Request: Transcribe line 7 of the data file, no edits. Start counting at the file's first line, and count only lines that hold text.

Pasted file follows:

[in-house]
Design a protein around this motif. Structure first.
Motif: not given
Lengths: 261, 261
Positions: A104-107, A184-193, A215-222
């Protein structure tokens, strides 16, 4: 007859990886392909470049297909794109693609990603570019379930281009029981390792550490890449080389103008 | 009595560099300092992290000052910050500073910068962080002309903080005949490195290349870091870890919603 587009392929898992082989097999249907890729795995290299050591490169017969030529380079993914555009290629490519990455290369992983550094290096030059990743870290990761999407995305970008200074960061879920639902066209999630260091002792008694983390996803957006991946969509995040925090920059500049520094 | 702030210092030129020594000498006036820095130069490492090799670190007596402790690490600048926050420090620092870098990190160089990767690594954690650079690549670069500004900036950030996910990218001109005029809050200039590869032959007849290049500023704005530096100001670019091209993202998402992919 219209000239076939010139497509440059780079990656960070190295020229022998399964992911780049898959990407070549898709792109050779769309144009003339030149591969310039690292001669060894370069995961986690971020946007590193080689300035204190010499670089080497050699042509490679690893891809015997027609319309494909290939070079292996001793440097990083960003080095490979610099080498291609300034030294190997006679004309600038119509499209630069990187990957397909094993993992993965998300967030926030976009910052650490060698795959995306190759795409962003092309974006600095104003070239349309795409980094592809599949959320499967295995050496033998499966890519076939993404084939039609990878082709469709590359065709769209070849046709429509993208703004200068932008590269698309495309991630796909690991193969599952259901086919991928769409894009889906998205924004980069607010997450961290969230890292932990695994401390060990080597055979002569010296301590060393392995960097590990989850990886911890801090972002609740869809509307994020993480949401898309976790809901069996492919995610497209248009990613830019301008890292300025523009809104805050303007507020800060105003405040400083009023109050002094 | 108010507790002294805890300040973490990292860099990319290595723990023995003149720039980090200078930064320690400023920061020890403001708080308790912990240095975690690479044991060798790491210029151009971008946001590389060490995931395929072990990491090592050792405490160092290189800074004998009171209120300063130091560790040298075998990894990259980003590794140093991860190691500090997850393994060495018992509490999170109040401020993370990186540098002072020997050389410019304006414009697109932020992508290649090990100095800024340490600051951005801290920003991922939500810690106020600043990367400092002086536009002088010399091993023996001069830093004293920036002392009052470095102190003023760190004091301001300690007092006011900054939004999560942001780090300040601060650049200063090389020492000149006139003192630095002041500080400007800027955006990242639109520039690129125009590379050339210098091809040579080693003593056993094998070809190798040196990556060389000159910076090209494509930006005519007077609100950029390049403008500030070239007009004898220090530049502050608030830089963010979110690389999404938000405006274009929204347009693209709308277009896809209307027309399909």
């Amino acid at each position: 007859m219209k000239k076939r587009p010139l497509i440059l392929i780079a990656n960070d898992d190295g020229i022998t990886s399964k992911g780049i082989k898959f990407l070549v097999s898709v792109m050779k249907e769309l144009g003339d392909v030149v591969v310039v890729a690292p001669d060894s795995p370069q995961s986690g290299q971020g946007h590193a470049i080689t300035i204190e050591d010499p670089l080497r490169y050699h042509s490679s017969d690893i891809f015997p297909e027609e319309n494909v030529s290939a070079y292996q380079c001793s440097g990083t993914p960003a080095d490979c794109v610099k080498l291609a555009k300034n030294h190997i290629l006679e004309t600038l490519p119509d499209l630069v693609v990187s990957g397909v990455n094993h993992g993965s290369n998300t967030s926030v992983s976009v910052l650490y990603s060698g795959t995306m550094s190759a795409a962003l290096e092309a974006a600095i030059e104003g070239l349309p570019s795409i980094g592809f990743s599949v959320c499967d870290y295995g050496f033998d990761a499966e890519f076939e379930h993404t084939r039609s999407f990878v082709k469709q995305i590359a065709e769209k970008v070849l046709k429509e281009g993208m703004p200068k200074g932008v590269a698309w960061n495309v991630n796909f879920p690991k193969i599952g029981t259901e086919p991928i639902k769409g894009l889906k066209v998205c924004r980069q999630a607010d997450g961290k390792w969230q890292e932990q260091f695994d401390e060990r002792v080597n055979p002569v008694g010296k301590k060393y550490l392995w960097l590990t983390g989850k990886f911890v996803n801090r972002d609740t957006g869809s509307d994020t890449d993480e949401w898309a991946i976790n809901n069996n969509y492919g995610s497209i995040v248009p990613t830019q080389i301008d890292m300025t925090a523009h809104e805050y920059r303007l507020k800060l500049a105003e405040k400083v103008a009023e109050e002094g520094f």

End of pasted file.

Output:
């Amino acid at each position: 007859m219209k000239k076939r587009p010139l497509i440059l392929i780079a990656n960070d898992d190295g020229i022998t990886s399964k992911g780049i082989k898959f990407l070549v097999s898709v792109m050779k249907e769309l144009g003339d392909v030149v591969v310039v890729a690292p001669d060894s795995p370069q995961s986690g290299q971020g946007h590193a470049i080689t300035i204190e050591d010499p670089l080497r490169y050699h042509s490679s017969d690893i891809f015997p297909e027609e319309n494909v030529s290939a070079y292996q380079c001793s440097g990083t993914p960003a080095d490979c794109v610099k080498l291609a555009k300034n030294h190997i290629l006679e004309t600038l490519p119509d499209l630069v693609v990187s990957g397909v990455n094993h993992g993965s290369n998300t967030s926030v992983s976009v910052l650490y990603s060698g795959t995306m550094s190759a795409a962003l290096e092309a974006a600095i030059e104003g070239l349309p570019s795409i980094g592809f990743s599949v959320c499967d870290y295995g050496f033998d990761a499966e890519f076939e379930h993404t084939r039609s999407f990878v082709k469709q995305i590359a065709e769209k970008v070849l046709k429509e281009g993208m703004p200068k200074g932008v590269a698309w960061n495309v991630n796909f879920p690991k193969i599952g029981t259901e086919p991928i639902k769409g894009l889906k066209v998205c924004r980069q999630a607010d997450g961290k390792w969230q890292e932990q260091f695994d401390e060990r002792v080597n055979p002569v008694g010296k301590k060393y550490l392995w960097l590990t983390g989850k990886f911890v996803n801090r972002d609740t957006g869809s509307d994020t890449d993480e949401w898309a991946i976790n809901n069996n969509y492919g995610s497209i995040v248009p990613t830019q080389i301008d890292m300025t925090a523009h809104e805050y920059r303007l507020k800060l500049a105003e405040k400083v103008a009023e109050e002094g520094f």